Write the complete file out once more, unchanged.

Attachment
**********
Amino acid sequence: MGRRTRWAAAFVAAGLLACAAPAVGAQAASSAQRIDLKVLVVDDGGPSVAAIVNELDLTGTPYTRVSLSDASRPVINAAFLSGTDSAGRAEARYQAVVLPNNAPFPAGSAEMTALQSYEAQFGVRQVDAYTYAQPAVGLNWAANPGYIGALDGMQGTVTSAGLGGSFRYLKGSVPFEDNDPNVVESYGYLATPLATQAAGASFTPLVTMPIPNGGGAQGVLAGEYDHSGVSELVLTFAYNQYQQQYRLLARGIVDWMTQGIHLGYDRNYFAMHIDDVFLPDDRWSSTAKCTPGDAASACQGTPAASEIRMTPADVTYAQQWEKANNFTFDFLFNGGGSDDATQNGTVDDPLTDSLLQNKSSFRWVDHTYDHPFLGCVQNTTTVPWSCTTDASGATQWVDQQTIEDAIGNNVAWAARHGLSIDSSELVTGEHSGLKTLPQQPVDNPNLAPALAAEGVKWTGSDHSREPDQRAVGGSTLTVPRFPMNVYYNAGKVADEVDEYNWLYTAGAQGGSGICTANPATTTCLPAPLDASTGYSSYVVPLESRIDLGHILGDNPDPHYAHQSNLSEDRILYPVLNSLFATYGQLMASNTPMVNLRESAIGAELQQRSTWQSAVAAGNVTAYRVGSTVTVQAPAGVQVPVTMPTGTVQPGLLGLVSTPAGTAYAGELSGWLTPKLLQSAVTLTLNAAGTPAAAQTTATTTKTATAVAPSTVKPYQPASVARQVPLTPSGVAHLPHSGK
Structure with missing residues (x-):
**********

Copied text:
Amino acid sequence: MGRRTRWAAAFVAAGLLACAAPAVGAQAASSAQRIDLKVLVVDDGGPSVAAIVNELDLTGTPYTRVSLSDASRPVINAAFLSGTDSAGRAEARYQAVVLPNNAPFPAGSAEMTALQSYEAQFGVRQVDAYTYAQPAVGLNWAANPGYIGALDGMQGTVTSAGLGGSFRYLKGSVPFEDNDPNVVESYGYLATPLATQAAGASFTPLVTMPIPNGGGAQGVLAGEYDHSGVSELVLTFAYNQYQQQYRLLARGIVDWMTQGIHLGYDRNYFAMHIDDVFLPDDRWSSTAKCTPGDAASACQGTPAASEIRMTPADVTYAQQWEKANNFTFDFLFNGGGSDDATQNGTVDDPLTDSLLQNKSSFRWVDHTYDHPFLGCVQNTTTVPWSCTTDASGATQWVDQQTIEDAIGNNVAWAARHGLSIDSSELVTGEHSGLKTLPQQPVDNPNLAPALAAEGVKWTGSDHSREPDQRAVGGSTLTVPRFPMNVYYNAGKVADEVDEYNWLYTAGAQGGSGICTANPATTTCLPAPLDASTGYSSYVVPLESRIDLGHILGDNPDPHYAHQSNLSEDRILYPVLNSLFATYGQLMASNTPMVNLRESAIGAELQQRSTWQSAVAAGNVTAYRVGSTVTVQAPAGVQVPVTMPTGTVQPGLLGLVSTPAGTAYAGELSGWLTPKLLQSAVTLTLNAAGTPAAAQTTATTTKTATAVAPSTVKPYQPASVARQVPLTPSGVAHLPHSGK
Structure with missing residues (x-):